M3 Construction Inc. – Orchids Paper Products Paper Mill

M3 picM3 has leveraged its paper mill operations, engineering and construction expertise into a promising future.

By Chris Kelsch

M3 Construction CEO Michael Steimle said “yes” to a challenge and founded a company in the process.

As the general contractor for Orchids Paper Products’ new Barnwell, S.C., facility, Steimle brought a wealth of experience in designing and building paper mills. “I actually started off in the paper industry as an engineer in a paper mill,” Steimle says. “We can design it, we can build it and we can operate its equipment. Few other contractors can sit on all sides of the project table the way we can.”

Because of that experience, Orchids Paper had no problem in trusting him with Steimle’s first major project in 2015. “From the beginning, Orchids showed a get-it-done mentality and no-nonsense attitude in building teamwork,” Steimle says.

Stellar Beginning

Over the past few years, Steimle has formed a strong relationship with Orchids Paper on the design side. When Orchids’ CEO asked him if he could build the project as well, Steimle had one response. “I said, ‘Absolutely,’” he recalls, even though he knew he had to 1) obtain a contractor’s license and 2 start a contracting company from scratch in the process.

“I always gravitated towards construction; it is what I am truly passionate about. I was always determined to work for myself as well,” Steimle notes. “The opportunity this project presented was just the catalyst I needed to make the jump and leave everything else behind.”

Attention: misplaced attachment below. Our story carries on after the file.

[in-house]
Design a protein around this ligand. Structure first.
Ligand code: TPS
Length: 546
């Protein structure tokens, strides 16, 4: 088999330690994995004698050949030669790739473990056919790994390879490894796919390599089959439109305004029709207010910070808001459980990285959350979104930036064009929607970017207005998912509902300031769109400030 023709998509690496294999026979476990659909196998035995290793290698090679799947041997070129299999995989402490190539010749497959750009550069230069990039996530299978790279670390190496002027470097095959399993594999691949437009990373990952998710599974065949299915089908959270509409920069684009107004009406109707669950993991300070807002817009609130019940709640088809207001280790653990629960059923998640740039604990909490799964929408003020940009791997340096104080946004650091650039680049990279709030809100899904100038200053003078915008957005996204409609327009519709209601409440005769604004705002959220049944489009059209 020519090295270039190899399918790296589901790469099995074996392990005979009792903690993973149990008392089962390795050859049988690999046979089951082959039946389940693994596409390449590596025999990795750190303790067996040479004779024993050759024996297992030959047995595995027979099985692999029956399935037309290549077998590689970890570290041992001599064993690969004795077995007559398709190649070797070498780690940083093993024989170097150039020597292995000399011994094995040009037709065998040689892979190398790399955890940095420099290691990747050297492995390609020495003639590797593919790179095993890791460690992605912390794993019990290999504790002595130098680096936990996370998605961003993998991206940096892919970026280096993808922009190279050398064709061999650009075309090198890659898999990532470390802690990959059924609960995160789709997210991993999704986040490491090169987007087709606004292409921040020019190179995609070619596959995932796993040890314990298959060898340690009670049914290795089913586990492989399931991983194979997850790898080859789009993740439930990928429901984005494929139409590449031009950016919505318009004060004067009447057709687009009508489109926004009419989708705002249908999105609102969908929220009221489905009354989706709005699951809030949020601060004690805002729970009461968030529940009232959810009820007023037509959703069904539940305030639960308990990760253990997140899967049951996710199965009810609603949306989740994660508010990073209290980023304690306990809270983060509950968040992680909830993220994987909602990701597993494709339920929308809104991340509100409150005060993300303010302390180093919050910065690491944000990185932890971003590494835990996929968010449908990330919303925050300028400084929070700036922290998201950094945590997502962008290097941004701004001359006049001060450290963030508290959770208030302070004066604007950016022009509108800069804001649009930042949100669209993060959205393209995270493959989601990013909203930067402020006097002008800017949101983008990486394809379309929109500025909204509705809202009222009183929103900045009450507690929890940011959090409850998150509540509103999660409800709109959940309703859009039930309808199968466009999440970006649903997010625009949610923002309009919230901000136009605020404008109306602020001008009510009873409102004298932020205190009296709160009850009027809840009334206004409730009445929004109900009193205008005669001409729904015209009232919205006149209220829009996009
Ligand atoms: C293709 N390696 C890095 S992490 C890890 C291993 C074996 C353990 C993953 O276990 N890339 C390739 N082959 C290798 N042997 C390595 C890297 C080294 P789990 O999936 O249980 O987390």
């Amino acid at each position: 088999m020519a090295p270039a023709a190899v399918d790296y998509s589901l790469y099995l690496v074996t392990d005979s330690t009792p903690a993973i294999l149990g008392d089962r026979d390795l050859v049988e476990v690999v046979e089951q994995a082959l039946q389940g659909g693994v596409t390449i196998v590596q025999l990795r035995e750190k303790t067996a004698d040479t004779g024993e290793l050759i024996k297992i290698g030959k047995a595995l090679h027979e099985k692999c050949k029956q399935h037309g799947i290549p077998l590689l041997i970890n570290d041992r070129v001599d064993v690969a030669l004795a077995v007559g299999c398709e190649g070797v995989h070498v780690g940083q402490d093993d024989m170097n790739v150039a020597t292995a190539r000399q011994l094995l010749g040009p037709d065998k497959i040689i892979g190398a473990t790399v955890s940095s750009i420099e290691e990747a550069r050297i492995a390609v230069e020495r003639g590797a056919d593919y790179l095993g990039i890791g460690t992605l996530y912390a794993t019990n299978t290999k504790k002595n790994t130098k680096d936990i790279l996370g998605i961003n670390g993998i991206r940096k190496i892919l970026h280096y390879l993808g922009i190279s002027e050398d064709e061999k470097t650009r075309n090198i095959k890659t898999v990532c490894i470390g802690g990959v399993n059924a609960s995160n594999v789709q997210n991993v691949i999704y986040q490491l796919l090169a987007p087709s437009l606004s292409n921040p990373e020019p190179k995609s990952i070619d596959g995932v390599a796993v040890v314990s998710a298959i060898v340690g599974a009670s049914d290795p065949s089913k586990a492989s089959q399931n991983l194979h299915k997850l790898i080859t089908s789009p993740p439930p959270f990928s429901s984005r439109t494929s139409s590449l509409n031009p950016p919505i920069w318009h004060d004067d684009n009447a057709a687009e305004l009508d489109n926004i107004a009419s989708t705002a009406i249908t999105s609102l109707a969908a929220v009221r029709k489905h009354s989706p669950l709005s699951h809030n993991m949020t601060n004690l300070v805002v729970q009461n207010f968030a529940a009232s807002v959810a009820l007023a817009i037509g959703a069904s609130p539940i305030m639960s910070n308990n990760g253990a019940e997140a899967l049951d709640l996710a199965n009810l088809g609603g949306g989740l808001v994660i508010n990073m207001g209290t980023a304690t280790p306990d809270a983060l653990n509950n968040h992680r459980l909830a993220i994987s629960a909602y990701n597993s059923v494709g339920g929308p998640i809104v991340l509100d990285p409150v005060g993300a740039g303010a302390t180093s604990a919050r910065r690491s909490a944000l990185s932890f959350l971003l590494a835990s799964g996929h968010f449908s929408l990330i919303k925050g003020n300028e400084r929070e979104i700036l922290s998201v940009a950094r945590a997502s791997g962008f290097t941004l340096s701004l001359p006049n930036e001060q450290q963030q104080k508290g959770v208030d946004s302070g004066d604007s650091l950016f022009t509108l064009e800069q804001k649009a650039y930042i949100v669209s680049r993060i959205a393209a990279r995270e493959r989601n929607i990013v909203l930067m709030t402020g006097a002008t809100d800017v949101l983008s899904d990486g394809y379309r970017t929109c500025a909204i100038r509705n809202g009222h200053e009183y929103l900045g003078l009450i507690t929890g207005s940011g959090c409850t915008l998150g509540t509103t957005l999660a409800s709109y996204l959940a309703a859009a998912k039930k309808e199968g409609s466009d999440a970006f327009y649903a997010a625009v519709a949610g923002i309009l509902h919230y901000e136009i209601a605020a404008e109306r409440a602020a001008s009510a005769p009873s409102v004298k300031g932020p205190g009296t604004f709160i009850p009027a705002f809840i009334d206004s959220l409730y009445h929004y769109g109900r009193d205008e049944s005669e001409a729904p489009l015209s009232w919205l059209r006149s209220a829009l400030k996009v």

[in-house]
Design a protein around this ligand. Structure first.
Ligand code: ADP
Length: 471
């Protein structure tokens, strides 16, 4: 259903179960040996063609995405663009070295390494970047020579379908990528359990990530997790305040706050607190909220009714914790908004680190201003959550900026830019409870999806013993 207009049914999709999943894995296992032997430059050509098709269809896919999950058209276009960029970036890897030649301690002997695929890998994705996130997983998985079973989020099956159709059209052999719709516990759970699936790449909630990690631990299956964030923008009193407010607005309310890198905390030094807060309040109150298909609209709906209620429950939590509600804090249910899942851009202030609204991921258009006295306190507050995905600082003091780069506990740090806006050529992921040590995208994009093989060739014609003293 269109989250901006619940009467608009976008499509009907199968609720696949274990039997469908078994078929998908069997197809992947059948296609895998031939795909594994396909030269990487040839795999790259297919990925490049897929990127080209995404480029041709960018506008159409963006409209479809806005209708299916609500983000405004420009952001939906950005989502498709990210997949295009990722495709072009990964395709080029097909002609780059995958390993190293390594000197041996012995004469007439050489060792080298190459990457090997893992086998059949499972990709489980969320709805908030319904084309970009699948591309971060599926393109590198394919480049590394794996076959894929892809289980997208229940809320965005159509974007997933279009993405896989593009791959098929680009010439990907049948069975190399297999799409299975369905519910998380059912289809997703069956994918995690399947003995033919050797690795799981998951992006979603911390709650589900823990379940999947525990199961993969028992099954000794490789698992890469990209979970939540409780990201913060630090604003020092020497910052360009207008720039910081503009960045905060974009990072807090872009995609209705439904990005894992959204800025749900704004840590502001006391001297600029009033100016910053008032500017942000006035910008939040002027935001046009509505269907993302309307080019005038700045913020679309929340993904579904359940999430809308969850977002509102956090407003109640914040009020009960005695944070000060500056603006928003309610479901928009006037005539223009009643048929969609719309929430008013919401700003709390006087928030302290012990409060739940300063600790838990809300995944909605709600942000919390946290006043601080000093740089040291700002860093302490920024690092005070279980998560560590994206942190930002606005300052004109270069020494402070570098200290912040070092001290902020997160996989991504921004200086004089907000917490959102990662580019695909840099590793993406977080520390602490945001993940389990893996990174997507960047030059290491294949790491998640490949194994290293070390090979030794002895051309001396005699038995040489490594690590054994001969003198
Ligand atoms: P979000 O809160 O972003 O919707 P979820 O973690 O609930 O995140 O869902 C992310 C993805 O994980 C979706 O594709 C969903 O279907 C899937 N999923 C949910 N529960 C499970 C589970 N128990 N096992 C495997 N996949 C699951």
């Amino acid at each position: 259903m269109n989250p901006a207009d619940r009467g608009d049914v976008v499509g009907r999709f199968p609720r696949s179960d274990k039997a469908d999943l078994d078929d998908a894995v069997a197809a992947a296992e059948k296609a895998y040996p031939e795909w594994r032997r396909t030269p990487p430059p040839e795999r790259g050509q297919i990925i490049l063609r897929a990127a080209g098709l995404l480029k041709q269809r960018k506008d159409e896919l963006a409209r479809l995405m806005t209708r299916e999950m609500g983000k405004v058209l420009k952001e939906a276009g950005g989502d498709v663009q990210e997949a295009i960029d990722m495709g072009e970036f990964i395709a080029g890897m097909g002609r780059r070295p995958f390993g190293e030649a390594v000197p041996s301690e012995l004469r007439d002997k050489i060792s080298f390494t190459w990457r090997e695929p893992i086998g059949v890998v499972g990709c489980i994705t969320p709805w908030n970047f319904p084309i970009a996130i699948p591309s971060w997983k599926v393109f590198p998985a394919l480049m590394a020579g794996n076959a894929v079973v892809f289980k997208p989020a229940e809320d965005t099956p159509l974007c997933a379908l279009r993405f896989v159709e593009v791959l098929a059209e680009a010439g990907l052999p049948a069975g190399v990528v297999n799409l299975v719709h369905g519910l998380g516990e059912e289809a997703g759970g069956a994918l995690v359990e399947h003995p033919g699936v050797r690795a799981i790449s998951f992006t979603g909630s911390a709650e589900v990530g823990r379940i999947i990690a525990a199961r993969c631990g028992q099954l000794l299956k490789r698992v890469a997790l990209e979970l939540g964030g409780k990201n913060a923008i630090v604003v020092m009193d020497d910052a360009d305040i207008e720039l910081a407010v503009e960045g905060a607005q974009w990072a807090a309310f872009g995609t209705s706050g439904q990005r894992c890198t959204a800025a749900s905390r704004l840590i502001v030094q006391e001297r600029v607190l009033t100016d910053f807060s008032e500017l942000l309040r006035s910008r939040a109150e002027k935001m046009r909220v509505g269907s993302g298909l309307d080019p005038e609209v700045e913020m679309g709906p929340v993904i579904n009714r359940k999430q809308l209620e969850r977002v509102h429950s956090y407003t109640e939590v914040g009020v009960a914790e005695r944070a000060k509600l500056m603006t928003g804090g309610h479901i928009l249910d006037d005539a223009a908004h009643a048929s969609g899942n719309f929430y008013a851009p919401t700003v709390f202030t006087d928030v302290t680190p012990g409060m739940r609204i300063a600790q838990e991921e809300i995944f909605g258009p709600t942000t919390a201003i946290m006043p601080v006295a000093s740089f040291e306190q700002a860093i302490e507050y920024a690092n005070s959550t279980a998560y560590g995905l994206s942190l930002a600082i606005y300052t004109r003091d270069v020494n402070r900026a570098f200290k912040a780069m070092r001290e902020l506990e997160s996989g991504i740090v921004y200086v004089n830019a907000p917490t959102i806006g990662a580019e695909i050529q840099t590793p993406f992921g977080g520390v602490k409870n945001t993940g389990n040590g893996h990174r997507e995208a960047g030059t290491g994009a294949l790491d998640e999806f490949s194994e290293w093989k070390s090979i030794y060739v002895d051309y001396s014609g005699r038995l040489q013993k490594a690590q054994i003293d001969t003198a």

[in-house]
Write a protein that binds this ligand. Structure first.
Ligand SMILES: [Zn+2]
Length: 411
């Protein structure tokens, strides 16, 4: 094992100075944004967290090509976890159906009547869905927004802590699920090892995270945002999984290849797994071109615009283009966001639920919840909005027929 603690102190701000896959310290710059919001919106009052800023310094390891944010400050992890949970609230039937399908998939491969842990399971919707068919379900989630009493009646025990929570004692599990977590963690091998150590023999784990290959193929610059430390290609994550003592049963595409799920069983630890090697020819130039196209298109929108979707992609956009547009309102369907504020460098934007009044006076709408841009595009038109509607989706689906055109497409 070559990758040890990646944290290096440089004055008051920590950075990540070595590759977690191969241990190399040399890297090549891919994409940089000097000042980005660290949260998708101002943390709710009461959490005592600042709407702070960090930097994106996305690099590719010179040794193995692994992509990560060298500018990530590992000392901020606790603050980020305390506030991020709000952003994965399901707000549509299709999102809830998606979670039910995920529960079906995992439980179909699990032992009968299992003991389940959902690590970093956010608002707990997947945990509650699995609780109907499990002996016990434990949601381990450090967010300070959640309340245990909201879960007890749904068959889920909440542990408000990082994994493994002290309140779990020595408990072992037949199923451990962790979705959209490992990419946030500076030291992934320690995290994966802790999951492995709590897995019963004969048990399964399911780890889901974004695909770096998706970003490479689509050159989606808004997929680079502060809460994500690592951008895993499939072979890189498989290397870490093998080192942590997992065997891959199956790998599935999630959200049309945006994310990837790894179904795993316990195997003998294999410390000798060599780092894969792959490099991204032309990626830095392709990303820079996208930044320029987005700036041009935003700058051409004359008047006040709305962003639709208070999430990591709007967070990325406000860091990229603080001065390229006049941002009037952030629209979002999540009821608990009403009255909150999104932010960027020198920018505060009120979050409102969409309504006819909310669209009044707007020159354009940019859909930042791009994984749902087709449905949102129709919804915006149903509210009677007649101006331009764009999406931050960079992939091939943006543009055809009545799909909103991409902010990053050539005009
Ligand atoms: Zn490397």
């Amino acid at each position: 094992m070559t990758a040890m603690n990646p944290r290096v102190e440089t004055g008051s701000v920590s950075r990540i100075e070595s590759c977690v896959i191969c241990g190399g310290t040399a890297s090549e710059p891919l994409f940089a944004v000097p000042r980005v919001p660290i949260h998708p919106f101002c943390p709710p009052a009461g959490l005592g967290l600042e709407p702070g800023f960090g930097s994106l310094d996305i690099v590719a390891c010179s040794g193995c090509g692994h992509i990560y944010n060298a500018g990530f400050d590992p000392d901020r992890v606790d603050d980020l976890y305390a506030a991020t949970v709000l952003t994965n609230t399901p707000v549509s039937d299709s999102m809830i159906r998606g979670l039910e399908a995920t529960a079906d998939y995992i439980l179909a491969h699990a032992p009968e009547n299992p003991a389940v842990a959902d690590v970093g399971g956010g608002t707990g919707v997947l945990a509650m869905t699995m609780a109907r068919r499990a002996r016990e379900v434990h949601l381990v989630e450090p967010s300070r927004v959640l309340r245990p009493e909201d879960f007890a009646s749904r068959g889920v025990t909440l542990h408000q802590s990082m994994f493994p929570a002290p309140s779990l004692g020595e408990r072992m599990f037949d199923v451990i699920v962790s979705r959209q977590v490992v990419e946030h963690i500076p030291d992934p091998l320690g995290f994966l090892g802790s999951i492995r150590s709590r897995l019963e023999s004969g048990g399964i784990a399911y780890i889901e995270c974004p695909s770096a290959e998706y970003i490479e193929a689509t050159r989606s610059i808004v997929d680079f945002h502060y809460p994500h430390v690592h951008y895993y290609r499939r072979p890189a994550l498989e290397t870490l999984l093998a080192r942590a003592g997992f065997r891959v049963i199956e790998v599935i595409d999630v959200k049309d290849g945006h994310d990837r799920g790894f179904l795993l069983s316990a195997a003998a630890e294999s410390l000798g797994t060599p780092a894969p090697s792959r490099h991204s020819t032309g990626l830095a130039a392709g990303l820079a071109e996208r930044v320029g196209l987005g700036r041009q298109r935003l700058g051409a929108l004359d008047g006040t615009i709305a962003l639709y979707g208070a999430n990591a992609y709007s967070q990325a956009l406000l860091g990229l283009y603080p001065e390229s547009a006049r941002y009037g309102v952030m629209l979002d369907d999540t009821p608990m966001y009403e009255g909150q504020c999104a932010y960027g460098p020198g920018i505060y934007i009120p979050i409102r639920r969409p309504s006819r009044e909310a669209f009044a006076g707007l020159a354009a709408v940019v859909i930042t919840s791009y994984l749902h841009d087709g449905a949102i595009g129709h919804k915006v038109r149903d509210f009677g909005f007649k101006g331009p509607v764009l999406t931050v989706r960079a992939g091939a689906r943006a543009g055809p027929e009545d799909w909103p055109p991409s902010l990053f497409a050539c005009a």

Steimle says M3 puts the customer first. “We don’t just say that lightly,” he explains. “In our experience most owner-contractor relationships seemed to be adversarial and we aim to change that. Putting the owner first, spending money as if it were our very own, trying to de-scope and value-engineer costs down are what we do best and it serves our customers as well. Again, I don’t think you will find another contractor that fights as hard for their customer as we do.” M3 Construction box

The entire project will be completed in two phases. The first phase was a 300,000-square-foot tissue converting building, for which M3 was the construction manager. “We suspected the first phase was a bit of a trial,” he says. “Our goal was to make the decision to use anyone else for the second phase seem like a really bad idea.” Once he passed that test, it was on to the second phase, which was the 100,000-square-foot recycled pulp and paper mill itself, with Steimle this time serving as general contractor.

Once completed, the entire project will take up roughly 50 acres and should bring about 134 new permanent jobs to Barnwell. Orchids produces bulk tissue paper from recycled and virgin fibers and converts it into a full product line of consumer tissue products. Once it is fully operational this spring, the facility should allow Orchids to greatly improve its service to a growing customer base in the Southeast.

Belief in Partnerships

Steimle’s strong belief in partnerships extends beyond his primary customer. “I don’t want to just set up partnerships with my customers,” he explains. “I want to set them up with my vendors. If we can’t trust our subcontractors as much as the owner trusts us then the whole system will fail. All it takes is one guy acting selfishly to spoil it for everyone.”

That approach has served him very well on the paper mill project, which was not without significant challenges, namely weather.

“In fall of 2015, we had record rainfall; in fact, we even had a rare 100-year rainfall event.” Steimle remembers. And things didn’t get any easier the following year. In fall 2016 a tropical storm was followed by Hurricane Matthew, adding more difficulties. “We really pushed hard to get the building dried-in as soon as possible,” Steimle recalls. “We learned how bad wet conditions can be and applied that learning wisely in Phase II.”